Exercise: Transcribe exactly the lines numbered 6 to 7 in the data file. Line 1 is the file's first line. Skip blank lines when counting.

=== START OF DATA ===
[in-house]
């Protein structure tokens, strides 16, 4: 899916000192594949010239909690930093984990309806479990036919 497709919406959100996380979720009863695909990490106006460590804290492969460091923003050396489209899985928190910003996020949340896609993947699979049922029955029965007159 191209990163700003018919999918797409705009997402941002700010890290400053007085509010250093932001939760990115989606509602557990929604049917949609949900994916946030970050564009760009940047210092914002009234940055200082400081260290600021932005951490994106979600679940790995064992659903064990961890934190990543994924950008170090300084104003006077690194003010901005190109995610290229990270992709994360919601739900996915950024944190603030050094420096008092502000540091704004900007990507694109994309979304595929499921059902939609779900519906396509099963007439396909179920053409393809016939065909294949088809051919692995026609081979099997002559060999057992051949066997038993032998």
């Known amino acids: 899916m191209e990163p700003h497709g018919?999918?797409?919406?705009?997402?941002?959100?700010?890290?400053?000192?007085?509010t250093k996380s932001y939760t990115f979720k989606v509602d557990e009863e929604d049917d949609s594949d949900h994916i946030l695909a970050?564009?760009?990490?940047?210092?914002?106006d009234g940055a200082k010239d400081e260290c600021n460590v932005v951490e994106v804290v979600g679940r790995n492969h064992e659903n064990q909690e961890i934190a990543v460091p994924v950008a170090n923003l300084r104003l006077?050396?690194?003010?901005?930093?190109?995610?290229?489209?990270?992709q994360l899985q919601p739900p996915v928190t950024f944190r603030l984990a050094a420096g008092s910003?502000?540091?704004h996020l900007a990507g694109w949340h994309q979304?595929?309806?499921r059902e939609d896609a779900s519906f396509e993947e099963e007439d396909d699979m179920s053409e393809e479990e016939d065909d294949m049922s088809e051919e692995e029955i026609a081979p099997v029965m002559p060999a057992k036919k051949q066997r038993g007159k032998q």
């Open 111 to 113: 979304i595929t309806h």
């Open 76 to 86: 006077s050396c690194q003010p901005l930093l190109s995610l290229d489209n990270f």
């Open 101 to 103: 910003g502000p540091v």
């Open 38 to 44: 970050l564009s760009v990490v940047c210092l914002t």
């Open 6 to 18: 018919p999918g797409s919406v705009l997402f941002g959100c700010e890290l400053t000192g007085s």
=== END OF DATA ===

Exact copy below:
């Open 101 to 103: 910003g502000p540091v």
């Open 38 to 44: 970050l564009s760009v990490v940047c210092l914002t």